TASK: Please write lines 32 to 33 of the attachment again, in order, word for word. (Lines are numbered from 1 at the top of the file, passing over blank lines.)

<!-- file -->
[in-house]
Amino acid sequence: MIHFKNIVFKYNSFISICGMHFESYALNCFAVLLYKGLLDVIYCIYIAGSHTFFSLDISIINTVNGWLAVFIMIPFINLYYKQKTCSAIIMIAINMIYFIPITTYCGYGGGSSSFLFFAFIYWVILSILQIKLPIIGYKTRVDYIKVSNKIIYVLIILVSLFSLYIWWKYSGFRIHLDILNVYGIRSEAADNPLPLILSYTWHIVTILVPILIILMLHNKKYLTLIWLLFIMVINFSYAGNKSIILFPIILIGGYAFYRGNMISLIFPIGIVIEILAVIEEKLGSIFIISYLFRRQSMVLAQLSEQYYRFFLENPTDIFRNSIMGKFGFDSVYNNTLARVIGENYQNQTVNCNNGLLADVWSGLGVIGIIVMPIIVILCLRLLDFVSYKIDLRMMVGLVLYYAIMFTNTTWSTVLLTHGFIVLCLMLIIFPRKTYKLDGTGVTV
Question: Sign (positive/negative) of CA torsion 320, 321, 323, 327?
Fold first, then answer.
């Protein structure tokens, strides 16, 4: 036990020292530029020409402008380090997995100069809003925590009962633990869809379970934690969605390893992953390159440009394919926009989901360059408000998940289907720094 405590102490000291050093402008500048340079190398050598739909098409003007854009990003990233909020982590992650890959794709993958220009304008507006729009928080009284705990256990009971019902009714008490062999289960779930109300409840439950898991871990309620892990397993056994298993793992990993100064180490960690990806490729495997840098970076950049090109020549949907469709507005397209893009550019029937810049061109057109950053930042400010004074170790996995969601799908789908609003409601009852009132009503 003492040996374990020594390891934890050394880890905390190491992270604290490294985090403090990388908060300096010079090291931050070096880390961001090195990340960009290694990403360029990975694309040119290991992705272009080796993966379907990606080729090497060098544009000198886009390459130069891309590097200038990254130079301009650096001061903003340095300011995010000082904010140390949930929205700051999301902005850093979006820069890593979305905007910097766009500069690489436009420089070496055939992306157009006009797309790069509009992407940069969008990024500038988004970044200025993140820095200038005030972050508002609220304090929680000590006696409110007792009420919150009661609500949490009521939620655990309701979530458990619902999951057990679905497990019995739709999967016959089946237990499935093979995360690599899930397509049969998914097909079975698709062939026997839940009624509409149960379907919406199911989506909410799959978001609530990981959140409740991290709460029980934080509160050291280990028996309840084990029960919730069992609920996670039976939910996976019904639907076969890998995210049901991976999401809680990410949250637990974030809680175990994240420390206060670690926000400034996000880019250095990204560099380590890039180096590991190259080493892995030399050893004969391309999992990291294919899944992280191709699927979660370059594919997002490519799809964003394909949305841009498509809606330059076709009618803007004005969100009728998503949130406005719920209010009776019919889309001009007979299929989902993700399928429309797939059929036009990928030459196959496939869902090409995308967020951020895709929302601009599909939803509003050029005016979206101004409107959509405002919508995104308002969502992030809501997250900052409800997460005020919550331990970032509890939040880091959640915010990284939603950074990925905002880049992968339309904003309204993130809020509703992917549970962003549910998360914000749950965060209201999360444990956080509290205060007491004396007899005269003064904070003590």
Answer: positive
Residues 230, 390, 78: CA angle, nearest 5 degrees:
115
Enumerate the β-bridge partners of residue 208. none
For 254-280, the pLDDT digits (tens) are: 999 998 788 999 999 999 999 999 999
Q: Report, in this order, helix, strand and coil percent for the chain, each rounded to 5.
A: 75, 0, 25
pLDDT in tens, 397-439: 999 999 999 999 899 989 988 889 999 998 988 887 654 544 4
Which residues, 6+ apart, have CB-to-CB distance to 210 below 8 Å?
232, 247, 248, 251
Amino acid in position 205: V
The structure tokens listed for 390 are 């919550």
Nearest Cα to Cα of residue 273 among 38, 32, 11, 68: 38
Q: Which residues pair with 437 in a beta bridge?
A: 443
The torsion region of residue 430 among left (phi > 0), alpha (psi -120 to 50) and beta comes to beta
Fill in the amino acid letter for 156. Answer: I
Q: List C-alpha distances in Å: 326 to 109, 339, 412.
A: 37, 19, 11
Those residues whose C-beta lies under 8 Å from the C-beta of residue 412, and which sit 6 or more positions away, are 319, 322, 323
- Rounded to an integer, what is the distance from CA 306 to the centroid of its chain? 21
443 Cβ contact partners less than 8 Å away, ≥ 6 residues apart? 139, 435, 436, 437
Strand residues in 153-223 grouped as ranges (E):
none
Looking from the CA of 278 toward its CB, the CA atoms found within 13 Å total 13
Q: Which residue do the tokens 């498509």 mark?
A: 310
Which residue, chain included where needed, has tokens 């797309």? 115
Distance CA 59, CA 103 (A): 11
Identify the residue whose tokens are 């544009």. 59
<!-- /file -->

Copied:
A: 310
Which residue, chain included where needed, has tokens 């797309």? 115